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Origin and Habitat: It is native to South-east Asia (Malaysia, Indonesia, Java, Moluccas, Philippines, Sulawesi, and Lesser Sunda Islands), but is now cultivated all over the world in tropical and subtropical countries as an ornamental plant.
Habitat: Mountainous pluvial forests at low and medium altitudes.
- Saribus rotundifolius (Lamarck) Blume
Saribus rotundifolius (Lamarck) Blume
Rumphia 2: 49 (1838)
- Saribus rotundifolius (Lamarck) Blume
- Corypha rotundifolia Lamarck
- Licuala rotundifolia (Lamarck) Blume
- Livistona rotundifolia (Lamarck) Mart.
- Livistona altissima Zoll.
- Livistona robinsoniana Becc.
- Livistona rotundifolia var. luzonensis Becc.
- Livistona rotundifolia var. microcarpa (Becc.) Becc.
- Livistona microcarpa Becc.
- Livistona rotundifolia var. mindorensis (Becc.) Becc.
- Livistona mindorensis Becc.
ENGLISH: Fan palm, Table palm, Serdang palm, Java fan palm, Footstool palm
ARABIC ( لعربية ): ليفستونيا روتانيفولي
CEBUANO (Sinugboanong Binisaya): Anahaw
CENTRAL BIKOL (Bikol Central): Bulos, Anahaw
CHINESE (中文): Yuan ye pu kui, Gao bei pu kui (as Livistona altissima - Taiwan), 圆叶蒲葵
FRENCH (Français): Palmier évantail de Java
GERMAN (Deutsch): Livistonie, Serdang-Schirmpalme, Waldpalme, Fächer-palme
ITALIAN (Italiano): Palma parasole, Serdang daun bulat
NORWEGIAN (Bokmål): Dronningpalme
PORTUGUESE (Português): Palmeira-leque
SPANISH (Español): Palma de escabel, Palmera de escabel, Palmere de hoja redonda
THAI (ภาษาไทย): Paam yawa (paam jawa), Paam chawa
Description: Saribus rotundifolius (syn: Livistona rotundifolia) is a very attractive palm, especially when young, due to its large, round, shiny, shallowly divided leaves. It is also known as “Anahaw” (National leaf of the Phillipines).
Trunk: Solitary, smooth, brown, with the rings of the scars of the foliar petioles in evidence and clothed with beautifully greyish woven fibres in the upper part below the crown. In its natural habitat it can grow to up to 24 metres in height but in a garden situation usually it will not grow that tall. Diameter 20-25 cm.
Leaves: Broad, erect to pendent, palmate, wider than long, almost round in outline from a very early age, shiny, glossy green and incised for about half of their length in usually rigid and stiff segments. As it gets older however, the leaves become more divided, and not quite so pretty. The leaves in juvenile palms are about 1,5 metres wide and circular, while they are smaller, costapalmate in older palms and do not form a full circle. Petioles up to 2 metres, spiny at the base on lower surface in the young plants, almost unarmed in the adult specimen and blades are shorter than the petiole.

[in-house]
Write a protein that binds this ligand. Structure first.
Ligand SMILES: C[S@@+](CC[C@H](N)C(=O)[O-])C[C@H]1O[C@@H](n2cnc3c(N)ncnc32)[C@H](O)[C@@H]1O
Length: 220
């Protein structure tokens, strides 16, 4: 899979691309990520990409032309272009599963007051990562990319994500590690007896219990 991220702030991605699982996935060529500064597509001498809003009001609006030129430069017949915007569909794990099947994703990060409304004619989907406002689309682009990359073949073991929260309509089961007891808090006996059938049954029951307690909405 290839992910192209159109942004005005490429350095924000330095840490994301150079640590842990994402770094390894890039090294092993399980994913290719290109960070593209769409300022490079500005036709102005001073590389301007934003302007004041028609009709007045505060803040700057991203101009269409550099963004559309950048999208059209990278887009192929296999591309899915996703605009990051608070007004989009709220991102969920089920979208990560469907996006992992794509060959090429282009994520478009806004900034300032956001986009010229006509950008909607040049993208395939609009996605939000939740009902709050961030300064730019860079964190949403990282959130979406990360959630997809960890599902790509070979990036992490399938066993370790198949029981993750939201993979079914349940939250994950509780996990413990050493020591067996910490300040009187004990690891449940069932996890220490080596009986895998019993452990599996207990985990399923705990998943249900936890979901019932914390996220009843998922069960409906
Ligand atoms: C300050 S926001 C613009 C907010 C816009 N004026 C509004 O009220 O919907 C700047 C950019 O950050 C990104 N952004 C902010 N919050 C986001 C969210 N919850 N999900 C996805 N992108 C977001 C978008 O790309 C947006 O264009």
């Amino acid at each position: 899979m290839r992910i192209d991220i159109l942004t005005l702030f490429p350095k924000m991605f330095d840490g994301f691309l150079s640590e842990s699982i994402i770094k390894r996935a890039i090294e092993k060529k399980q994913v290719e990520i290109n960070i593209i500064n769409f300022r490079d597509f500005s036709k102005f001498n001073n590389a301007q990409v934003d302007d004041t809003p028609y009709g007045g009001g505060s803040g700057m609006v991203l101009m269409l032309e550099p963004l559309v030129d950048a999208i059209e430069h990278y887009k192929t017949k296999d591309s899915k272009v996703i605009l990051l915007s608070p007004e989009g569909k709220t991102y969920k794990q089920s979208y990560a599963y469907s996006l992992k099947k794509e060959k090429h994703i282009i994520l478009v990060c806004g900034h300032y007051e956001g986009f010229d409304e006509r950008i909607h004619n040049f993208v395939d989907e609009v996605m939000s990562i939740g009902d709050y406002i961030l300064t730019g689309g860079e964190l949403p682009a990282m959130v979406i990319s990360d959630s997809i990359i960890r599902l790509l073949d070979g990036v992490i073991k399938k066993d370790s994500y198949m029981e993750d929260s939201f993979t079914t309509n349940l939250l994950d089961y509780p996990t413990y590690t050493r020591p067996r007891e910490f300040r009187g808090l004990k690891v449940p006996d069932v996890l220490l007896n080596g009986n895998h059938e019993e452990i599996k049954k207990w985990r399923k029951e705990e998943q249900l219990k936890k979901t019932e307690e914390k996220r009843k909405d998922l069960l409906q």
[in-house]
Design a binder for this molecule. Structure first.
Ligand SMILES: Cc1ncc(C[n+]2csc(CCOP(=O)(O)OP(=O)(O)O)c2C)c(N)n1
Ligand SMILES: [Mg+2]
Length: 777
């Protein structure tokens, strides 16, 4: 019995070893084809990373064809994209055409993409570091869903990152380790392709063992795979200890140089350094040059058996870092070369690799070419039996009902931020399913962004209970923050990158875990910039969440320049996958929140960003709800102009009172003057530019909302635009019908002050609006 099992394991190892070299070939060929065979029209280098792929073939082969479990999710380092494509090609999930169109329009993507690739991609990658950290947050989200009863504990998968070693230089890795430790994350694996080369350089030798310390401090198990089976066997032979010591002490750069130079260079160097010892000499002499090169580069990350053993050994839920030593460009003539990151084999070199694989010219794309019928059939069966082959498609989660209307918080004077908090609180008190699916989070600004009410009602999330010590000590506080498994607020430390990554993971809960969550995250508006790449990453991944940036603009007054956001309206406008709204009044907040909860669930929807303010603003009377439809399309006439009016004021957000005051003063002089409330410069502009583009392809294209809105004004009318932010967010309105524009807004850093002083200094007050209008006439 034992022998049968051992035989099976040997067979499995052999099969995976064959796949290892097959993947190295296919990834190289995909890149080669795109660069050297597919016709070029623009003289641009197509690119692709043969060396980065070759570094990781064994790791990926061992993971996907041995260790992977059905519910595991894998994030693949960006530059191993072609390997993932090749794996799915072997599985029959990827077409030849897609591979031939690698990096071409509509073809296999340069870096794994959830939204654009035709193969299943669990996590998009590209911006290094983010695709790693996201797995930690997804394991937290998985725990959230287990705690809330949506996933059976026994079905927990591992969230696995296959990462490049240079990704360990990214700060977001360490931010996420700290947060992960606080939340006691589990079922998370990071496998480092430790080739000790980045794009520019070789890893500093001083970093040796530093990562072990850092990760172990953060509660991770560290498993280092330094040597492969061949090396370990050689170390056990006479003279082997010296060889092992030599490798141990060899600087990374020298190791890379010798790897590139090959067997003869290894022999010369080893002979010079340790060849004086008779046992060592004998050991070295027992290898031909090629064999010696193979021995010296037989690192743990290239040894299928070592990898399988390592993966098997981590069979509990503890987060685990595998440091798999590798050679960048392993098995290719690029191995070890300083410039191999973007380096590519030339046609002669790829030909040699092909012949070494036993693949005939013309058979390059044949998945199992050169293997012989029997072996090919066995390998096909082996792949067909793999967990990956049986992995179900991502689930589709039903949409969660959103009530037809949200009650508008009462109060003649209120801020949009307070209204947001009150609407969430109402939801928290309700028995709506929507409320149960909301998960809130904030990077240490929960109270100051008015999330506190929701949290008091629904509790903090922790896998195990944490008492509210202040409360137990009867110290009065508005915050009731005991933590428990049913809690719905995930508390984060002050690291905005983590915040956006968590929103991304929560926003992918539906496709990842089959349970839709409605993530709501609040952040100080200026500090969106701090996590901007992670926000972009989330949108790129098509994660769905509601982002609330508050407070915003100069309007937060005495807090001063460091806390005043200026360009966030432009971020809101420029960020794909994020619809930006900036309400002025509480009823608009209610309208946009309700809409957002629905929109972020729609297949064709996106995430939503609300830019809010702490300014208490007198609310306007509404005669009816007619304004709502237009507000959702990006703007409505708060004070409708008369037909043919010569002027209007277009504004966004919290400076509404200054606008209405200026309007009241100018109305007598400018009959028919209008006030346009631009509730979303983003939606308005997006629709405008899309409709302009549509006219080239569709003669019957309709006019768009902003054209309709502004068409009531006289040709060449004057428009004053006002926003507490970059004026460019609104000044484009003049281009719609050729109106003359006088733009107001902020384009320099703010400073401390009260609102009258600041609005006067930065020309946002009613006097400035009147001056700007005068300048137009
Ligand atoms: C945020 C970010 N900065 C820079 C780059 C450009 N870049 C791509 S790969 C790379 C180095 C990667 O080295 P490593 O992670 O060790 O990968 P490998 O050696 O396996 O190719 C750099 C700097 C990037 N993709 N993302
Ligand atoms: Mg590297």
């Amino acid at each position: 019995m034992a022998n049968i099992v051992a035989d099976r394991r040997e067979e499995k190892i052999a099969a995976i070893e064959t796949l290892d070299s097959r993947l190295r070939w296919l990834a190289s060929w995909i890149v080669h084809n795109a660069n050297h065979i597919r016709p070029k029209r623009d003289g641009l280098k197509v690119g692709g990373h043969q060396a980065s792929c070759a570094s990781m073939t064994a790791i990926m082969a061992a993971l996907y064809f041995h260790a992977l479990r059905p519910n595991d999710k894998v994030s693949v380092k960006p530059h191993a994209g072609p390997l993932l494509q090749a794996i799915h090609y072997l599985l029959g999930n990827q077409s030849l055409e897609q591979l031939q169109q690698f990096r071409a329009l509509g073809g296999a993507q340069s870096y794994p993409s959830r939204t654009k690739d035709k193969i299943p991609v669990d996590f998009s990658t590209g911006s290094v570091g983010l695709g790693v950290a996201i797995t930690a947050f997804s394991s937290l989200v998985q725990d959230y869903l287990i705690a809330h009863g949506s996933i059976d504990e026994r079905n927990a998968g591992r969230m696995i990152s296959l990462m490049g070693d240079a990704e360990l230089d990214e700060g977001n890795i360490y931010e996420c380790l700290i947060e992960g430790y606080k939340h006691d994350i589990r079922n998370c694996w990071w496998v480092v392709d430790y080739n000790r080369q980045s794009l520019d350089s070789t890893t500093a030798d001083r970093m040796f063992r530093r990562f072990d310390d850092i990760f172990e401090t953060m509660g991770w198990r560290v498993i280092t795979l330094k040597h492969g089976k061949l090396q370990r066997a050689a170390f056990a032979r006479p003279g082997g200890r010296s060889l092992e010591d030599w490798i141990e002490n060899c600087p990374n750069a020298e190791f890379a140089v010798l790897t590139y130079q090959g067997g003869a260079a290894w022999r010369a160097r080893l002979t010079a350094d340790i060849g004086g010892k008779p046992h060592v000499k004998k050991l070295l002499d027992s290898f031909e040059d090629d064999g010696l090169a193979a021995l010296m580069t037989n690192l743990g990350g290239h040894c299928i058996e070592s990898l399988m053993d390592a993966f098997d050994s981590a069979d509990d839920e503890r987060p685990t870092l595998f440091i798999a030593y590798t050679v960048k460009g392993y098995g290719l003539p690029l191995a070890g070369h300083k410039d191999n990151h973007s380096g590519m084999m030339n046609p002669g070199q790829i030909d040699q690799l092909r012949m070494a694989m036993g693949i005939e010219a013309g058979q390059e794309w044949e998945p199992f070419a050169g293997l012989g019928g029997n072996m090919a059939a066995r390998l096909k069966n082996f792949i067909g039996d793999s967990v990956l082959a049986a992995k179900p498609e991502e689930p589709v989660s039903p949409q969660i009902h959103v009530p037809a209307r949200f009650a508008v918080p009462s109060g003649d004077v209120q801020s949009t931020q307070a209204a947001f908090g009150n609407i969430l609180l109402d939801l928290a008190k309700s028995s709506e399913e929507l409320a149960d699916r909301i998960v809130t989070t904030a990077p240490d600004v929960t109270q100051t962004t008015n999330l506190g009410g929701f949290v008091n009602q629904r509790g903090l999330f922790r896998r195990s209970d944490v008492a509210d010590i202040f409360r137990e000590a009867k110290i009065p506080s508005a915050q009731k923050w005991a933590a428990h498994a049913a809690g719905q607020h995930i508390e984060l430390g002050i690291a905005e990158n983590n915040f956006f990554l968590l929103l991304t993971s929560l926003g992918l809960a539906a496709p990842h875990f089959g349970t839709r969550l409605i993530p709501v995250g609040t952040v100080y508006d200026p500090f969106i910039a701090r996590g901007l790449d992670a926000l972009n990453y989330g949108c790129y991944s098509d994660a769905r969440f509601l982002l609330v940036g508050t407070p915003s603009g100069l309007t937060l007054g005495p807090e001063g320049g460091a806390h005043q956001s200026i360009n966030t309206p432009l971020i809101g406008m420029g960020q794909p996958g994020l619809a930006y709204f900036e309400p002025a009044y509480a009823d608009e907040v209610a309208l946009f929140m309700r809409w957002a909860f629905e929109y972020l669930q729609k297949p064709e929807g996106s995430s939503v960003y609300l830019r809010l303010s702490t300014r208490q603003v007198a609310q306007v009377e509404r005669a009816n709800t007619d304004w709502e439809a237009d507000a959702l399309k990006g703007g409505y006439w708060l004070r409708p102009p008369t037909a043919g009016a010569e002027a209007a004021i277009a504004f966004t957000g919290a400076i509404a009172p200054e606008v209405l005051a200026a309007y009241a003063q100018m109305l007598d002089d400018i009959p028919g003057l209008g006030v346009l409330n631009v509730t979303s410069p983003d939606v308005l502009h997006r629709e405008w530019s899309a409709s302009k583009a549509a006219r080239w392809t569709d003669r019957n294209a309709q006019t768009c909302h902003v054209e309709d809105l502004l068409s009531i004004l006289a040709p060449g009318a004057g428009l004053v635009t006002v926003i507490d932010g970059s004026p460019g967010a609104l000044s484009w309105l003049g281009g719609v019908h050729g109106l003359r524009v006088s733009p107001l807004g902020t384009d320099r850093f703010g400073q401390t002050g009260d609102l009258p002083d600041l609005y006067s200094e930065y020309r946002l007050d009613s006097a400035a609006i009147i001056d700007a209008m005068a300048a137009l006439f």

Inflorescences: About 2 metres long, dividing into 3 main axis bearing up to 4 orders of branching, with small, yellow, bisexual flowers.
Blooming period: Spring to summer. The flowers appear in bunches only when the plant is very old. The plants that are used as potted plants do not generally flower.
Fruits: Small spherical to 1,5-2 cm in diameter red to black when ripe.
Bibliography: Major references and further lectures
1) Forest & Kim Starr Livistona rotundifolia (Foot stool palm, anahaw palm). Plants of Hawaii. <http://www.starrenvironmental.com>. Downloaded on 21 August 2014.
2) John Dransfield, Natalie W. Uhl “Genera Palmarum: the evolution and classification of palms” Kew Pub., 2008
3) Andrew Henderson “Palms of Southern Asia” Princeton University Press, Princeton and Oxford 27/Apr/2009
4) Don Ellison, Anthony Ellison “Cultivated Palms Of The World” UNSW Press, 01/May/2001
5) Barfod, A.S. & Dransfield, J. (2013). “Flora of Thailand” 11(3): 323-498. The Forest Herbarium, National Park, Wildlife and Plant Conservation Department, Bangkok.
6) Wikipedia contributors. "Livistona rotundifolia" Wikipedia, The Free Encyclopedia. Wikipedia, The Free Encyclopedia, Accessed on 28 Aug. 2014
7) Palmpedia contributors. "Livistona rotundifolia." Palmpedia, PALM ENCYCLOPEDIA, <http://www.palmpedia.net> Downloaded on 26 Aug. 2014